a society spiritually split between over-specialised boffins on the one hand and unthinking proles on the other is not merely repellent from a moral point of view, because of its tolerating or even encouraging the intellectual backwardness of the masses, but at the same time is also inherently an unstable basis for the material progress it seeks to sustain (and) the stultification of the majority (will) affect the mental balance of society as a whole...16

If there is any irony at work at all in this nightmarish world being envisaged by Davie it could lie in its resemblance to the medieval order of ignorance which Descartes had sought to eradicate by constructing his unified system of knowledge. At the root of the matter is the segmentation of knowledge, the push for individual disciplines to keep themselves to themselves; and in line with that the creation of 'experts' and 'keepers-of-the-faith' (“priests, owners, teachers, therapists and so on, with their specialized reinforcers and their codified contingencies”), whether they be monks in a monastery or members of a government planning department.

As far as Fletcher could see, once Scotland became incapable of creating its own governing elite it would cease to be free, it would become an intellectual desert, having to import an elite from the English upper classes. He advocated a return to the "solider sorts of learning"17 as in Oxford and Cambridge, for it is to be noted that both these seats of higher education continued as before, prior to the new approach and altered curriculum, designed to hasten economic progress. It could be argued, perhaps, that the classical approach being so rigorously defended by the Oxbridge traditionalists was devoted to that most subtle of all specialisations, the production of a leadership class. This class dominated most of the English-speaking world then, and for folk who live in countries connected to the former Empire very little has changed, certainly not in Scotland.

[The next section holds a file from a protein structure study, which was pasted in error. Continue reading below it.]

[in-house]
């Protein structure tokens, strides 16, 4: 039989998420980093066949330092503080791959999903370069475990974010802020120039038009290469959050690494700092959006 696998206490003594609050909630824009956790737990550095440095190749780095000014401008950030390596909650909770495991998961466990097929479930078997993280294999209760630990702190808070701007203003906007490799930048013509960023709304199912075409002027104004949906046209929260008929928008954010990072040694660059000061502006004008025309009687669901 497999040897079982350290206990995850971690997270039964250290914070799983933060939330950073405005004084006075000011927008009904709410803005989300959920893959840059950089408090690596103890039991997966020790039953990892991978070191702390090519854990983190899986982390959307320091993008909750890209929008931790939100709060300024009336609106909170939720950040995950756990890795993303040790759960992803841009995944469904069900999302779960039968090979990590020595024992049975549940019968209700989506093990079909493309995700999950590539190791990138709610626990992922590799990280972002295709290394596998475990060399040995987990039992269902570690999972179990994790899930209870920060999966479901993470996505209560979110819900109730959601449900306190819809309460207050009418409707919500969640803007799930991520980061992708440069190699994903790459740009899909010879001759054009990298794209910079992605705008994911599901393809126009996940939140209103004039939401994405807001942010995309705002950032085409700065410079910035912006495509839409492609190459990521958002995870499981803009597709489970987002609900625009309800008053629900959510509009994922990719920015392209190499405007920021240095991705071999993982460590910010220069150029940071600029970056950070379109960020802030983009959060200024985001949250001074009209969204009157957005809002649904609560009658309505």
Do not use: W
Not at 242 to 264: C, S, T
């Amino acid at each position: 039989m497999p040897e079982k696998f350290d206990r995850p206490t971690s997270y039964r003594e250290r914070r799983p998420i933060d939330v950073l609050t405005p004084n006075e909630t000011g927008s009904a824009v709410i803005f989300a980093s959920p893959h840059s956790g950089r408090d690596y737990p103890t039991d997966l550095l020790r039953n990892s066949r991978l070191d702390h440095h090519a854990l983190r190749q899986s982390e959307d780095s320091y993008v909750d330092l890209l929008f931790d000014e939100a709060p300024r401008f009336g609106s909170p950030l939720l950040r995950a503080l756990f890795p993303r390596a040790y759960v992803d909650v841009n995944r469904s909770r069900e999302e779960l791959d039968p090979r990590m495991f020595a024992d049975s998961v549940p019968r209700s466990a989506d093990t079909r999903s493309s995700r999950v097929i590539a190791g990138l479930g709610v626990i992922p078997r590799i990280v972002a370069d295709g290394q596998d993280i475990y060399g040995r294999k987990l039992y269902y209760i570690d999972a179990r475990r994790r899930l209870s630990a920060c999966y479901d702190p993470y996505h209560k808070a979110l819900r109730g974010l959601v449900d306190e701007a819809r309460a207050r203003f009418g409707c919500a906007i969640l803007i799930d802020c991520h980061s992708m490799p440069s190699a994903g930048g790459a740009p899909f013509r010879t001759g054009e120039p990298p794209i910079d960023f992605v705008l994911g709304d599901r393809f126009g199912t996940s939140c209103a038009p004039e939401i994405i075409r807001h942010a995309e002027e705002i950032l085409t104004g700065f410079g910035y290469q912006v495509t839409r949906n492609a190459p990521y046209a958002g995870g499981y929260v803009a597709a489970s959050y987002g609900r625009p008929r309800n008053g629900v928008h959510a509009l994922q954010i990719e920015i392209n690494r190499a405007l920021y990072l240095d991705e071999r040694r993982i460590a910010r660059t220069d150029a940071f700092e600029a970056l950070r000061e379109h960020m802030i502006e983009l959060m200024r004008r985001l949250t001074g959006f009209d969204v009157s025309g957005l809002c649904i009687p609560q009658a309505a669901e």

The continued erosion of the generalist approach to education ensures that the entire system comes to exist as a straight reinforcement of the prevailing right-wing authority. Beyond Oxbridge about the best we can hope for is the paternalistic liberalism of a William Cobbett, whose

ideas of democratic or mass education seem to have been drawn from his experiences in the army. The model of mass education is for him the N.C.O. explaining the 'naming of the parts' to the recruits.18

It is in this context, no matter how well intentioned are its orthodox left-liberal principles, that the educational system comes to be nothing more than

a reification of the notion that culture is synonomous with property. And the essentially acquisitive attitude to culture, "education" and "a good accent" is simply an aspect of the competitive, status-conscious class structure of...society as a whole.19

Thus, across the mainstream political spectrum, from 'hard-line' left to 'extremist' right, different games are being played with the same set of rules. The end product is hierarchy, whether it be a form of meritocracy or a mix of that with the usual hereditary privileges for rank and/or riches.

This is a world where the scepticism of Locke, Berkeley, Hume and the rest has led to the ideological behaviourism of those responsible for the global and domestic policies of western civilisation4 during the past couple of hundred years. It is a world where there are no universal principles, whether of freedom or anything else. People are 'blank slates' upon which anything is to be scraped by those who have assumed the right to power. Knowledge gets doled out in the form of rewards and punishment exercises. Those who have been produced to govern on behalf of the rulers decide the curriculum: history will concern the lives and loves of famous personalities; politics is a field of endeavour best left to those who specialise in it, i.e. Members of Parliament and Members of the Media; poverty and deprivation become the concepts of social science, death and disease the experience of the medical profession.